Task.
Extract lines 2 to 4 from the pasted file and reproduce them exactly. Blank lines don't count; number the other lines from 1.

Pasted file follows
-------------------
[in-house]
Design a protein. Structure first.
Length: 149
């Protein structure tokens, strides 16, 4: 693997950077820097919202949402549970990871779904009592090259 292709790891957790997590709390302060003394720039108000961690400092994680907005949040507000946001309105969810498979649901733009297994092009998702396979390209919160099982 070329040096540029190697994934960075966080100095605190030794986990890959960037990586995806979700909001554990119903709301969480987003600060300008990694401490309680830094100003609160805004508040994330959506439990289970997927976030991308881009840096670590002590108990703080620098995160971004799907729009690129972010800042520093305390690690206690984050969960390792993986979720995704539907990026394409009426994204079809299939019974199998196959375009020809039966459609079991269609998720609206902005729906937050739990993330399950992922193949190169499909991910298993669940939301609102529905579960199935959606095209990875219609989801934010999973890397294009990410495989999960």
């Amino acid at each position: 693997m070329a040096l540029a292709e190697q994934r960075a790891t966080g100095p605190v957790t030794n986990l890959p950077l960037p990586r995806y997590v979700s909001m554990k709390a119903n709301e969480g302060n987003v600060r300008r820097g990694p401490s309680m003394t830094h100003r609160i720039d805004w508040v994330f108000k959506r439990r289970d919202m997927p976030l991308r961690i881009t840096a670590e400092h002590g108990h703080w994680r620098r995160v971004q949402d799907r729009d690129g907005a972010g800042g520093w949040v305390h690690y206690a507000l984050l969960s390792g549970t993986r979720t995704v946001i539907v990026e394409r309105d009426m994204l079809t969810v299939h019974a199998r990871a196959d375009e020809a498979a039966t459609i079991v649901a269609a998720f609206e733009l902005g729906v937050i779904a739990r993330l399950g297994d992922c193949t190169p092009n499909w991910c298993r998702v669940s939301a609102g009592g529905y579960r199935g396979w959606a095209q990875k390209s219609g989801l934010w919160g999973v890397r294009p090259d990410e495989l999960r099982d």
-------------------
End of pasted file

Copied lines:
Design a protein. Structure first.
Length: 149
């Protein structure tokens, strides 16, 4: 693997950077820097919202949402549970990871779904009592090259 292709790891957790997590709390302060003394720039108000961690400092994680907005949040507000946001309105969810498979649901733009297994092009998702396979390209919160099982 070329040096540029190697994934960075966080100095605190030794986990890959960037990586995806979700909001554990119903709301969480987003600060300008990694401490309680830094100003609160805004508040994330959506439990289970997927976030991308881009840096670590002590108990703080620098995160971004799907729009690129972010800042520093305390690690206690984050969960390792993986979720995704539907990026394409009426994204079809299939019974199998196959375009020809039966459609079991269609998720609206902005729906937050739990993330399950992922193949190169499909991910298993669940939301609102529905579960199935959606095209990875219609989801934010999973890397294009990410495989999960």